The UK is at the “worst point” of the pandemic, Health Secretary Matt Hancock has warned, but said the actions of the public “could make a difference”.
At a No 10 briefing, Mr Hancock pleaded with people to follow the government’s Covid rules until the vaccine could provide a “way out” of the pandemic.
The government earlier
published its plan to immunise tens of millions of people by spring.
So far 2.3 million people in the UK have had a first Covid vaccine shot.
And a total of 2.6 million doses have been given out across the country, with some people having received both doses.
Mr Hancock said the new variant of coronavirus was putting the NHS under “significant pressure”, adding it was “imperative” that people limit their social contacts.
“The NHS, more than ever before, needs everybody to be doing something right now – and that something is to follow the rules,” he said.
“I know there has been speculation about more restrictions, and we don’t rule out taking further action if it is needed, but it is your actions now that can make a difference.”
The health secretary said he could “rule out” tightening restrictions by removing support and childcare bubbles, however.
His comments follow similar warnings from Prime Minister Boris Johnson, and England’s chief medical officer Prof Chris Whitty, who said that the next few weeks will be “the worst” of the pandemic for the NHS.
According to the latest figures, there have been another 529 deaths within 28 days of a positive test in the UK, and another 46,169 cases reported. There are also more than 32,000 people in hospital with coronavirus, data shows.
Matt Hancock has previously said he’s learned to rule nothing out when it comes to dealing with the pandemic.
But today he took the unusual step of doing just that.
Support bubbles and childcare bubbles, hugely valued by so many, will stay.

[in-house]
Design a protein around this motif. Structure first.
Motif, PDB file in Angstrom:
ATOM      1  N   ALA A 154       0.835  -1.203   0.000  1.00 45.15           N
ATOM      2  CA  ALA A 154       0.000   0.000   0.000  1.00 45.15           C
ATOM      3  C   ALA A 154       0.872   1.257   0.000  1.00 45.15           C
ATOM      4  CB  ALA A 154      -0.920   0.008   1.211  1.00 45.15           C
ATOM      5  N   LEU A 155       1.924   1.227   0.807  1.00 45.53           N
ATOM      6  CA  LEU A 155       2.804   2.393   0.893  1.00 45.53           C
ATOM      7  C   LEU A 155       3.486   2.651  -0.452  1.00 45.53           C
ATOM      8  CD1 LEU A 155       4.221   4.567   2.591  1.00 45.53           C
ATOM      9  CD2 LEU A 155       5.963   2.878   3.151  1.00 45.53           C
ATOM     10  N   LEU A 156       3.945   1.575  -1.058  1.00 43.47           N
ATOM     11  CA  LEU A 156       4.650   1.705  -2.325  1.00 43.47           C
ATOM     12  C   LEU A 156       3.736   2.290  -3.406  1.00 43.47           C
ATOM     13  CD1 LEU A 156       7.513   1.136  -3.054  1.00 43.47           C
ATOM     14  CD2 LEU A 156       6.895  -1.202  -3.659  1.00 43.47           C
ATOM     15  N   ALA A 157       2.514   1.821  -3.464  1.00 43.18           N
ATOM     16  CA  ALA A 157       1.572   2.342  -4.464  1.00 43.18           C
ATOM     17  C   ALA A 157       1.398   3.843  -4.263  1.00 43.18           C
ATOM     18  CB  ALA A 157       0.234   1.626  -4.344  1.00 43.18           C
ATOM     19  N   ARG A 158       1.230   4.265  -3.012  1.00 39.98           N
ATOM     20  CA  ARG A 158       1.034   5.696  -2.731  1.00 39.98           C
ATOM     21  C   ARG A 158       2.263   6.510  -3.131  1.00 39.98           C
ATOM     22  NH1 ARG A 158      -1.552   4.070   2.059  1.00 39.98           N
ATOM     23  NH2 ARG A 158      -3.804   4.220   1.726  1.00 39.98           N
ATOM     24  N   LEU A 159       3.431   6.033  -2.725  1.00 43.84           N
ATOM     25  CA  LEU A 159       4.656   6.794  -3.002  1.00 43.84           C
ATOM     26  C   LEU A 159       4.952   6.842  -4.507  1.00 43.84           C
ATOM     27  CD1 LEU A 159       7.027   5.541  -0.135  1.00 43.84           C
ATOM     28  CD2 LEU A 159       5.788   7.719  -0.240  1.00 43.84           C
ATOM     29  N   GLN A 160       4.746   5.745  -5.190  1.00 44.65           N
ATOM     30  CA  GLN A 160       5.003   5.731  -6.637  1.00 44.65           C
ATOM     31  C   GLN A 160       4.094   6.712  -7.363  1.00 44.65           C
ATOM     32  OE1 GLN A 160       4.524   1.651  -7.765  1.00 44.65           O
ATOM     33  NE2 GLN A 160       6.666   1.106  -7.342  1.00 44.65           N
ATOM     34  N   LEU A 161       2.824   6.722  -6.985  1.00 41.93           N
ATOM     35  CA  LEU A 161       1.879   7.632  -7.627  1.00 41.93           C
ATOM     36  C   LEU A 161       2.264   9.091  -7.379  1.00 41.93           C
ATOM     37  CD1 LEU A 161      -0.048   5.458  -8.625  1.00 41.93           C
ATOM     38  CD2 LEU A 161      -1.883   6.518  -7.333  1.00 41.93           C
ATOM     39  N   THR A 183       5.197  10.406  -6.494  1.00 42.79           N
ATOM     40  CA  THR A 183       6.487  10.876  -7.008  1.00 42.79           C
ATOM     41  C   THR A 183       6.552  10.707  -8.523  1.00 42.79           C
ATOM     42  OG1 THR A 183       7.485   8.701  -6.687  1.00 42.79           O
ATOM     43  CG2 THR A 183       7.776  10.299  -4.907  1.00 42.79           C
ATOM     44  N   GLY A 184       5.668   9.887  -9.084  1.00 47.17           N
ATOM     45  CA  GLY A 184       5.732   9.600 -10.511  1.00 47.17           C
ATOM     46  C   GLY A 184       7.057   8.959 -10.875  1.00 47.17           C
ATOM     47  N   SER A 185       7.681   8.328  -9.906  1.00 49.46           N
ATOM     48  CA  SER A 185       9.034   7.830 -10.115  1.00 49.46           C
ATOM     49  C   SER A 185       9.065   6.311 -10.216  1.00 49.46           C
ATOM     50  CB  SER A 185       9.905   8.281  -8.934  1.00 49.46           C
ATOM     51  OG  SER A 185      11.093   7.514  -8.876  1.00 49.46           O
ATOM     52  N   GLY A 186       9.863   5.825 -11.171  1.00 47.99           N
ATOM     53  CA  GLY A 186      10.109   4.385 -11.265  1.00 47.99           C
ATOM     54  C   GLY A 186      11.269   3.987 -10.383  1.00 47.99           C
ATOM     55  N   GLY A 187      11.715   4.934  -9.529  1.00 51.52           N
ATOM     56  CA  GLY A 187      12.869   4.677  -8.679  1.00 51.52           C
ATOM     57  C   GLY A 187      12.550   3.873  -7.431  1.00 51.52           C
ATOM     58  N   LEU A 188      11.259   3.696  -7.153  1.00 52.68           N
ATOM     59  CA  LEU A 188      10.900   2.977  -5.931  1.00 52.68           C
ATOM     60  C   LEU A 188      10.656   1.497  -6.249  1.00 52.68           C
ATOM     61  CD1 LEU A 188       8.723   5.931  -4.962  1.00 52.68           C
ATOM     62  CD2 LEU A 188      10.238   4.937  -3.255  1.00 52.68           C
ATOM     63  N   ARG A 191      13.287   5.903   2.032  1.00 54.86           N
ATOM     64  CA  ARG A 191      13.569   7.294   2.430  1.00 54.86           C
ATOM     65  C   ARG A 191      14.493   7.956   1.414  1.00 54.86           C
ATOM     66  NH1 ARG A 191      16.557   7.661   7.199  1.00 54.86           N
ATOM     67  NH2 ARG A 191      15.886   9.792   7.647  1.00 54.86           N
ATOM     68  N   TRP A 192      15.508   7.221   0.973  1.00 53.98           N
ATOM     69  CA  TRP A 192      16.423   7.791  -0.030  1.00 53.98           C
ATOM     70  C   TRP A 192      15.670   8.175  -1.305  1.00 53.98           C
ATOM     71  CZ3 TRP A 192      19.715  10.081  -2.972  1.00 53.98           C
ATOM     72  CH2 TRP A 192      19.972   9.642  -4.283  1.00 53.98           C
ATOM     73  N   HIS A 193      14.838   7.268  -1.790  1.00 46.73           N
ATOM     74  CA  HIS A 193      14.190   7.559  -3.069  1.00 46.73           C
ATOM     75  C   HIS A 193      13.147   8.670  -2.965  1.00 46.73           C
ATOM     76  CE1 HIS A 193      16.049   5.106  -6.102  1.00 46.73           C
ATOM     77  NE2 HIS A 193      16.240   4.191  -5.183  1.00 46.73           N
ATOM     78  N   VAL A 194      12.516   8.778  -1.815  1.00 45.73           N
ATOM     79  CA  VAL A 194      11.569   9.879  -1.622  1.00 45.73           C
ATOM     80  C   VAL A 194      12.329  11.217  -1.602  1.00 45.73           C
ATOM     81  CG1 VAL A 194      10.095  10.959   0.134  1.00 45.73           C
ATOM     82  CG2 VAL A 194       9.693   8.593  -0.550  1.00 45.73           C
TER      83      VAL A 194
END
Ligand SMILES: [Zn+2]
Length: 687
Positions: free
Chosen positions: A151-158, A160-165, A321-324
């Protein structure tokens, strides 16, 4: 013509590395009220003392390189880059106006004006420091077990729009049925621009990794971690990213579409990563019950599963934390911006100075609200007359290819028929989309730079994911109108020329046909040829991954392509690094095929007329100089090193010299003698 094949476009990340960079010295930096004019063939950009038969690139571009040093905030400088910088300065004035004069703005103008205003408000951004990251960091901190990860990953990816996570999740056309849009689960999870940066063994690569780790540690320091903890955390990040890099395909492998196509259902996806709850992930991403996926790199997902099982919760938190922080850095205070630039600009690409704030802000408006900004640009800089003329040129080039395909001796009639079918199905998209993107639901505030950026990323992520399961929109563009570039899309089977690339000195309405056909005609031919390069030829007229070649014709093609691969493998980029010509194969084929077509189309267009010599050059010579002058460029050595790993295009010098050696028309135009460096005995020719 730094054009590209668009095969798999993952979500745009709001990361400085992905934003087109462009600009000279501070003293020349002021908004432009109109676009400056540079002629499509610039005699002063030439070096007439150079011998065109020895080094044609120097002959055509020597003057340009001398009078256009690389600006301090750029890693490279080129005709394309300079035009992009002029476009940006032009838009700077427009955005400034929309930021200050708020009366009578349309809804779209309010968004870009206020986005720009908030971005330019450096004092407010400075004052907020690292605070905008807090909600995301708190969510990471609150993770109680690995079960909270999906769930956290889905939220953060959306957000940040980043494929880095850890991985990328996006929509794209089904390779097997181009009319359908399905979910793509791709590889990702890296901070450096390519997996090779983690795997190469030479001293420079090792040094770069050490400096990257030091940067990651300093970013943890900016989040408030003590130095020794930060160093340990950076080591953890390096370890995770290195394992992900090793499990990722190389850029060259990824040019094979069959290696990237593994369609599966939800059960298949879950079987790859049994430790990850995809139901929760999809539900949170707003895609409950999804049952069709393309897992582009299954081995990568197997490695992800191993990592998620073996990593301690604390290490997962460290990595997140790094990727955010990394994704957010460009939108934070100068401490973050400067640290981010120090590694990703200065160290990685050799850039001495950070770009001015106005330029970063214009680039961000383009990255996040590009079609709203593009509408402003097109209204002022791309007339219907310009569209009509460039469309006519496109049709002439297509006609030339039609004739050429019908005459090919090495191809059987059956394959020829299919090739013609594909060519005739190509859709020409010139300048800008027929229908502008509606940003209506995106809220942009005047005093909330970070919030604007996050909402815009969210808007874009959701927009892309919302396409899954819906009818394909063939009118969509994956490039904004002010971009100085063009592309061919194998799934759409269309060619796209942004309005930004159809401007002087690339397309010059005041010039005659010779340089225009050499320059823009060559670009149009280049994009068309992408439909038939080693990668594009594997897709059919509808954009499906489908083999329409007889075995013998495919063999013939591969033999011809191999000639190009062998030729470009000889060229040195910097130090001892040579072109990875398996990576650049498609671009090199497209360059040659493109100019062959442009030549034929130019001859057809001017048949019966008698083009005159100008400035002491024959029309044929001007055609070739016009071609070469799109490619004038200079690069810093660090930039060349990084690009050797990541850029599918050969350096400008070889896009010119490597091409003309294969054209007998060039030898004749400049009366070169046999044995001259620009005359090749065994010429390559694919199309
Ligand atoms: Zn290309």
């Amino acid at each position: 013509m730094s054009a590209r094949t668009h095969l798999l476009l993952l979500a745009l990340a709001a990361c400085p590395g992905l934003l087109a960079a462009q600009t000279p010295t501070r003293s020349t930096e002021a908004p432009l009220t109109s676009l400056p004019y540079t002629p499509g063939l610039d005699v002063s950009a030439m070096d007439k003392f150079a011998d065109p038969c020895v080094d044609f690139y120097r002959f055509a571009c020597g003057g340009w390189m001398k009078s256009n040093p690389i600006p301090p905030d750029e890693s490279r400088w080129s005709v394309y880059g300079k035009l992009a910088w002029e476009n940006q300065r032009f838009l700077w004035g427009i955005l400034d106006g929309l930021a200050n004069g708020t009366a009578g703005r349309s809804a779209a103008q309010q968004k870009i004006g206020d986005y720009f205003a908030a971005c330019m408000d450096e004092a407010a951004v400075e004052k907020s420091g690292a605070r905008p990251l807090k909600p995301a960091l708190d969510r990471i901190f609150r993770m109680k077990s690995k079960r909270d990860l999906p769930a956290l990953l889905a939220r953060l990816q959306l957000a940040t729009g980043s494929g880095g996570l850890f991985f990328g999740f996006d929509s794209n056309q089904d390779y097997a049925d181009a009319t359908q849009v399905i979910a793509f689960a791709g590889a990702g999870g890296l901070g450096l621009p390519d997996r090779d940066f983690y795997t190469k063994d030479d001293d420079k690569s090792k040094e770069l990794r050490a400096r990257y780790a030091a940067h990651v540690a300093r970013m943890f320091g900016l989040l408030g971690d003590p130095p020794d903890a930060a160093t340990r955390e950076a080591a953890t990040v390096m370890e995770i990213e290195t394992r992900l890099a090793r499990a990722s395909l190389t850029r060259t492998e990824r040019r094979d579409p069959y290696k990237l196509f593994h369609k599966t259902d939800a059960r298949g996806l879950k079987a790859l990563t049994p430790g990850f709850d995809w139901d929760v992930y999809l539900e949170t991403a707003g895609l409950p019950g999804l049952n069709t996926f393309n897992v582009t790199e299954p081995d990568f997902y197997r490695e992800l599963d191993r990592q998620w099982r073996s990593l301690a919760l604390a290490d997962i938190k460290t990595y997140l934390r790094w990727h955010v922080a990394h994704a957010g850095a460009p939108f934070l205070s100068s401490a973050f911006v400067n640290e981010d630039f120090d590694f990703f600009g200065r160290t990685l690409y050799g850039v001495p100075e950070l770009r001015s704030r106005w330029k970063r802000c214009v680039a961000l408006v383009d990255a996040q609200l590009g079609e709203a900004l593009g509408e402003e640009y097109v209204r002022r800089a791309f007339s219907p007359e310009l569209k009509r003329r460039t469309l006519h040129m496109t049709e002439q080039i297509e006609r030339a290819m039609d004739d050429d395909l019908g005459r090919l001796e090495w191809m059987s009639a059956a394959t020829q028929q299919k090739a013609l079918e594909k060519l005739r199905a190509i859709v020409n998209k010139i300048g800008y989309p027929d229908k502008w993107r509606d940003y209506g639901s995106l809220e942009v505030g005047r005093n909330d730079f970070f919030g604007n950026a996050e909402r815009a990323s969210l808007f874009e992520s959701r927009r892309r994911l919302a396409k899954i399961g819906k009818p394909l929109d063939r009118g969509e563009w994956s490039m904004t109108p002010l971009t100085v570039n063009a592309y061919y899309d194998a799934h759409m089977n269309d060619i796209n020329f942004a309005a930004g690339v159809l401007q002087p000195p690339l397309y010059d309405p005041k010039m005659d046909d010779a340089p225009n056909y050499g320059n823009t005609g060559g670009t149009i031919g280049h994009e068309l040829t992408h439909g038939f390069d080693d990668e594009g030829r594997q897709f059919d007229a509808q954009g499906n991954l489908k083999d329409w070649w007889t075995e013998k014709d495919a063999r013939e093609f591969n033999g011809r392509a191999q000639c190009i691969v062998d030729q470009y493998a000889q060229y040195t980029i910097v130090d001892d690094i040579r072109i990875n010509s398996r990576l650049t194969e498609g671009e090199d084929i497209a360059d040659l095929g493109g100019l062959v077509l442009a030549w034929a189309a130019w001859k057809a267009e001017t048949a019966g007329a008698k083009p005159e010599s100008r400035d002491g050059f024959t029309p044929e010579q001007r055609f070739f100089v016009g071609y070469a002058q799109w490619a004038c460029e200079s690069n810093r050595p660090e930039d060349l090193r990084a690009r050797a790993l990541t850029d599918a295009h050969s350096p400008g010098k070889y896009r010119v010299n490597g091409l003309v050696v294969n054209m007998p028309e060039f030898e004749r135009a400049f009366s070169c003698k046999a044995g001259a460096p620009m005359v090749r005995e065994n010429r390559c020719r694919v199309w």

Senior Whitehall sources have previously told me bubbles were “untouchable” but for a minister to say as much, so explicitly and on the record, means there’s now very little wriggle room for the government to change its mind.
Ministers will know that scrapping bubbles, for those that rely on them, could have proved deeply unpopular. But this certainty is a rarity.
Whilst the current emphasis is on compliance, the idea of toughening up controls in other areas is not being ruled out.
The vaccine delivery plan says it is expected to take until spring to give a first dose to all 32 million people in the UK’s priority groups, including everyone over 55 and those who are clinically vulnerable.
Under the plan, the government has pledged to carry out at least two million vaccinations in England per week by the end of January, which it says will be made possible by rolling out jabs at 206 hospital sites, 50 vaccination centres and around 1,200 local vaccination sites.
It also reiterates the government’s aim of offering vaccinations to around 15 million people in the UK – the over-70s, older care home residents and staff, frontline healthcare workers and the clinically extremely vulnerable – by mid-February.
According to Mr Hancock, two fifths of over-80s have now received their first dose, and almost a quarter of care home residents have received theirs.
Also at the briefing, NHS England’s national medical director, Prof Stephen Powis, said the NHS was aiming to vaccinate the rest of the top nine priority groups by April, with a final push to offer all adults over 18 a jab by the autumn.
He stressed it would take until February before there were “early signs” that vaccination was leading to a drop in hospitalisations.
The country has still not seen the full impact of the Christmas loosening of lockdown restrictions, Prof Powis added, although he noted there are now 13,000 more Covid patients in hospital than there were on Christmas Day.
Speaking in Bristol earlier, Mr Johnson warned the vaccination programme was in a “race against time” because of pressure on the NHS.